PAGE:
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Unfinished Business. Racial Junctures in US History and Their Legacy

Lyons, David
June 4, 2015

Source: (2004) In, Lukas H. Meyer, ed., Justice in Time: Responding to Historical Injustice. Baden-Baden: Nomos Verlagsgesellschaft. Pp. 271-298.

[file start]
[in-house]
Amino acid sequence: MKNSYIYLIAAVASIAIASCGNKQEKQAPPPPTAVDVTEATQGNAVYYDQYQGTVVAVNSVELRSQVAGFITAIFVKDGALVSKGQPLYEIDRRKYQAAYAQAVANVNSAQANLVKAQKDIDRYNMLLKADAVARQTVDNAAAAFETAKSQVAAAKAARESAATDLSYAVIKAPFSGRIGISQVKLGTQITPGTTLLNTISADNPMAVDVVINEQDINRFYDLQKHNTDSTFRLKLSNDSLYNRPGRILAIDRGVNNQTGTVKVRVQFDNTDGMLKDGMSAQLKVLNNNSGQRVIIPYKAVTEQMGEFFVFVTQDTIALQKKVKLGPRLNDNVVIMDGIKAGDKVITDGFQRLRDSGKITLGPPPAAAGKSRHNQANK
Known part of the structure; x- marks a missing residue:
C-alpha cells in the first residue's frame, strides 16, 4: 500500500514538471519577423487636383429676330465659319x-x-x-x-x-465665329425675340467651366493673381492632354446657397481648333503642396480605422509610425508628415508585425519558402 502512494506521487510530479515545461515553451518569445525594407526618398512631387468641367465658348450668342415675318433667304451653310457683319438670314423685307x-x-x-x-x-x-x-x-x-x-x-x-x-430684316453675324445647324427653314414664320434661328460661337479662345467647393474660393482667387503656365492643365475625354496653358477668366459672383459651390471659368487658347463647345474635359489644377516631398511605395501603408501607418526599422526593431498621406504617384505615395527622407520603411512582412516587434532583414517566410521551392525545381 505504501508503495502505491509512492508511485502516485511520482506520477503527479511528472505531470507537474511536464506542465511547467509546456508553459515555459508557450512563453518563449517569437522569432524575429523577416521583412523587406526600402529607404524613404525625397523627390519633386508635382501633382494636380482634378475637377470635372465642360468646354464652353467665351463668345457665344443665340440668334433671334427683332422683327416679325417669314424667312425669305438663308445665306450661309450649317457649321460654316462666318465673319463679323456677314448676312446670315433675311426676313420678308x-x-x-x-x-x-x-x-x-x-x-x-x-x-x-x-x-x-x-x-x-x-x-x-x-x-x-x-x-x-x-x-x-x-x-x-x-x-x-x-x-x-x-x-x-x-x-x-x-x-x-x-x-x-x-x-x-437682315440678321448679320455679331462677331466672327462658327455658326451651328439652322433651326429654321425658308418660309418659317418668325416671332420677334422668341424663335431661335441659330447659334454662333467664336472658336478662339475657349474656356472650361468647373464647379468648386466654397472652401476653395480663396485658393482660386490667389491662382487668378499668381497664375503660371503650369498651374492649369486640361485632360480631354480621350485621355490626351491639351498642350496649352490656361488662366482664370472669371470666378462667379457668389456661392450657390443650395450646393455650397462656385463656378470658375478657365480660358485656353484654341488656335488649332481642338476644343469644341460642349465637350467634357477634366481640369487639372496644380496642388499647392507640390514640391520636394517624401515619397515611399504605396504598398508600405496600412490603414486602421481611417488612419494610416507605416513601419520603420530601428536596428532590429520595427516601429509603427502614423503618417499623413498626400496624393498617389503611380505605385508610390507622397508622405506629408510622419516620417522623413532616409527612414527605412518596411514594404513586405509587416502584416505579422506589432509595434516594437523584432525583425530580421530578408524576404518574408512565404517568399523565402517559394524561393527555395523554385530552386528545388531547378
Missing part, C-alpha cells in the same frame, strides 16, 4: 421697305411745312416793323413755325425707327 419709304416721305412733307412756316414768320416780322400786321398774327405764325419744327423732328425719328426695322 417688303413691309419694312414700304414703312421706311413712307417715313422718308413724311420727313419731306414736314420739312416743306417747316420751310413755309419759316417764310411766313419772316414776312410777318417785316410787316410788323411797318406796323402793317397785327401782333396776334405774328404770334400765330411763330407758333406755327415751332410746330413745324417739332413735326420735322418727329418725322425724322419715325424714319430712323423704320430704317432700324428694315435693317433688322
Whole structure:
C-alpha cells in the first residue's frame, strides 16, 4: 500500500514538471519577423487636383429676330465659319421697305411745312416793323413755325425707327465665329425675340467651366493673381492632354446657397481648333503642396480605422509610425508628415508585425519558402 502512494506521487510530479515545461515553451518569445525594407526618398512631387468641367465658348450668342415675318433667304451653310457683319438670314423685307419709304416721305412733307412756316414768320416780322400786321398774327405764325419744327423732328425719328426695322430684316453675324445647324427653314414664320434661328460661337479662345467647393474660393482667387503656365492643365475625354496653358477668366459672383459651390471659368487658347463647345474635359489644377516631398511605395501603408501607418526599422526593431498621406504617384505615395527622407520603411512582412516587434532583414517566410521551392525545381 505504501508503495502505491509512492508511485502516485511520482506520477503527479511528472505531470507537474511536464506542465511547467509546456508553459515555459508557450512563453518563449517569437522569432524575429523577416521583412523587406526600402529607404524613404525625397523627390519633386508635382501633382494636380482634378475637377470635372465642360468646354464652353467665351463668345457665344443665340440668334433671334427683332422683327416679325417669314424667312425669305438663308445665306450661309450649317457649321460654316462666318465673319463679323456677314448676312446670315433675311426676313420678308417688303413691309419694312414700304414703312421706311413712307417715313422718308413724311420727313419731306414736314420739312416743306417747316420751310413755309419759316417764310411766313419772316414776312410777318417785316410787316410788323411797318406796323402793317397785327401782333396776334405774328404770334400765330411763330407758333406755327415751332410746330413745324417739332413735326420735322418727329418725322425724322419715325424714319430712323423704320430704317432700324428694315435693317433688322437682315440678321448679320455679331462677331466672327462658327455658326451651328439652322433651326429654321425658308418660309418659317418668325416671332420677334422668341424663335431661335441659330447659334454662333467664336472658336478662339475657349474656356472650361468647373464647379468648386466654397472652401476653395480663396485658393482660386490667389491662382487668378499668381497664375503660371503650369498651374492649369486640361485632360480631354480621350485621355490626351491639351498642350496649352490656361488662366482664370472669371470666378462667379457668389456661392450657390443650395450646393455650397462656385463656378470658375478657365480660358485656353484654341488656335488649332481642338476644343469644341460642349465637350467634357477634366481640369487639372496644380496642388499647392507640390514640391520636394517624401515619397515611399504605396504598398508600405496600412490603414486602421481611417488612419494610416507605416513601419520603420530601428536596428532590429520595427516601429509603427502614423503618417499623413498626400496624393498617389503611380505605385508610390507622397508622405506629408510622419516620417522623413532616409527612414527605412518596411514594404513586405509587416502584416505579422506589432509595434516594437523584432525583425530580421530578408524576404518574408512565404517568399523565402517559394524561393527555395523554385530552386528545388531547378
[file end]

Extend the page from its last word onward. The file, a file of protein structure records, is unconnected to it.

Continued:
In this chapter, David Lyons examines what he terms the creation of racial hierarchy in the United States, its perpetuation, and its persisting consequences. He does this by looking at certain “racial juncturesâ€? in U.S. history. These are brief periods – one in each of the four centuries since the establishment of British colonies in North America – of crucial developments with respect to racial status and race relations. In particular, he focuses on decisions that affected African Americans directly. This, he states, is because their enslavement and subsequent history most profoundly determined racial stratification in the U.S. The first three junctures – the creation of chattel slavery, the legal entrenchment of slavery, and the first quasi-reconstruction – involved the development and embrace of racial stratification, with alternative paths rejected. The fourth – the second quasi-reconstruction – led to a formal repudiation of racial hierarchy but not necessarily a substantial difference in actual circumstances. Lyons purpose in looking at all of this is to consider the moral implications of race in the U.S. with a view to responsibility and rectification of past injustices and their persisting consequences.


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